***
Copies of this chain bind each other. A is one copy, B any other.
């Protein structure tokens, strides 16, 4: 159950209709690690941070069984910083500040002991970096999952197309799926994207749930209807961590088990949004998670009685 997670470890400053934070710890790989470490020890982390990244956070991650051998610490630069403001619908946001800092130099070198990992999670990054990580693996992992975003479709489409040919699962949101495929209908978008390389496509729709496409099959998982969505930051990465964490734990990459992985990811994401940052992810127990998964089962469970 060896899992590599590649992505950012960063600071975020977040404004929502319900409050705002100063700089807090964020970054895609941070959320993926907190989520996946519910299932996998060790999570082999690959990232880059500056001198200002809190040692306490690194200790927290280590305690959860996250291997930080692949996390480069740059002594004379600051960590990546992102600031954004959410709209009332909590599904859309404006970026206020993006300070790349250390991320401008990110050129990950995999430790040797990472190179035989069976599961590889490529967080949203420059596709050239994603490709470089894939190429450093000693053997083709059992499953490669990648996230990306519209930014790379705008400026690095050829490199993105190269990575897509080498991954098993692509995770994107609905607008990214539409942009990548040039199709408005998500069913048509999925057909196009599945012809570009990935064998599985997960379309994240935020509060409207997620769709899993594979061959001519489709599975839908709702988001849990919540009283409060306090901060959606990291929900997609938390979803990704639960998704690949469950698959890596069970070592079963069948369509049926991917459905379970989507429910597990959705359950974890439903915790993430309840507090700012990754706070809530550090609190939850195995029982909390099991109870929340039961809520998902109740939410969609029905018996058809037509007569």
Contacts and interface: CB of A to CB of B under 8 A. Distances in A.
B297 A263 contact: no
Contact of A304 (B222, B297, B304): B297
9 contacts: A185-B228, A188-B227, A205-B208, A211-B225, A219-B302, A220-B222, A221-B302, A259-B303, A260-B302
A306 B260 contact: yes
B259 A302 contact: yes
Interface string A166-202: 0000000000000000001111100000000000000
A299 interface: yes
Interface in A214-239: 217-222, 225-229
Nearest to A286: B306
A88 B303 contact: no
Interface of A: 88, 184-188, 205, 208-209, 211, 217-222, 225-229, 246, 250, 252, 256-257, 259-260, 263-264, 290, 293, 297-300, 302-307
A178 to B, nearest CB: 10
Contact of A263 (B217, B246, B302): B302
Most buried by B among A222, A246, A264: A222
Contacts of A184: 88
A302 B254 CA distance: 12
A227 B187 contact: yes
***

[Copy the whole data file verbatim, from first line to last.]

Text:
Copies of this chain bind each other. A is one copy, B any other.
């Protein structure tokens, strides 16, 4: 159950209709690690941070069984910083500040002991970096999952197309799926994207749930209807961590088990949004998670009685 997670470890400053934070710890790989470490020890982390990244956070991650051998610490630069403001619908946001800092130099070198990992999670990054990580693996992992975003479709489409040919699962949101495929209908978008390389496509729709496409099959998982969505930051990465964490734990990459992985990811994401940052992810127990998964089962469970 060896899992590599590649992505950012960063600071975020977040404004929502319900409050705002100063700089807090964020970054895609941070959320993926907190989520996946519910299932996998060790999570082999690959990232880059500056001198200002809190040692306490690194200790927290280590305690959860996250291997930080692949996390480069740059002594004379600051960590990546992102600031954004959410709209009332909590599904859309404006970026206020993006300070790349250390991320401008990110050129990950995999430790040797990472190179035989069976599961590889490529967080949203420059596709050239994603490709470089894939190429450093000693053997083709059992499953490669990648996230990306519209930014790379705008400026690095050829490199993105190269990575897509080498991954098993692509995770994107609905607008990214539409942009990548040039199709408005998500069913048509999925057909196009599945012809570009990935064998599985997960379309994240935020509060409207997620769709899993594979061959001519489709599975839908709702988001849990919540009283409060306090901060959606990291929900997609938390979803990704639960998704690949469950698959890596069970070592079963069948369509049926991917459905379970989507429910597990959705359950974890439903915790993430309840507090700012990754706070809530550090609190939850195995029982909390099991109870929340039961809520998902109740939410969609029905018996058809037509007569």
Contacts and interface: CB of A to CB of B under 8 A. Distances in A.
B297 A263 contact: no
Contact of A304 (B222, B297, B304): B297
9 contacts: A185-B228, A188-B227, A205-B208, A211-B225, A219-B302, A220-B222, A221-B302, A259-B303, A260-B302
A306 B260 contact: yes
B259 A302 contact: yes
Interface string A166-202: 0000000000000000001111100000000000000
A299 interface: yes
Interface in A214-239: 217-222, 225-229
Nearest to A286: B306
A88 B303 contact: no
Interface of A: 88, 184-188, 205, 208-209, 211, 217-222, 225-229, 246, 250, 252, 256-257, 259-260, 263-264, 290, 293, 297-300, 302-307
A178 to B, nearest CB: 10
Contact of A263 (B217, B246, B302): B302
Most buried by B among A222, A246, A264: A222
Contacts of A184: 88
A302 B254 CA distance: 12
A227 B187 contact: yes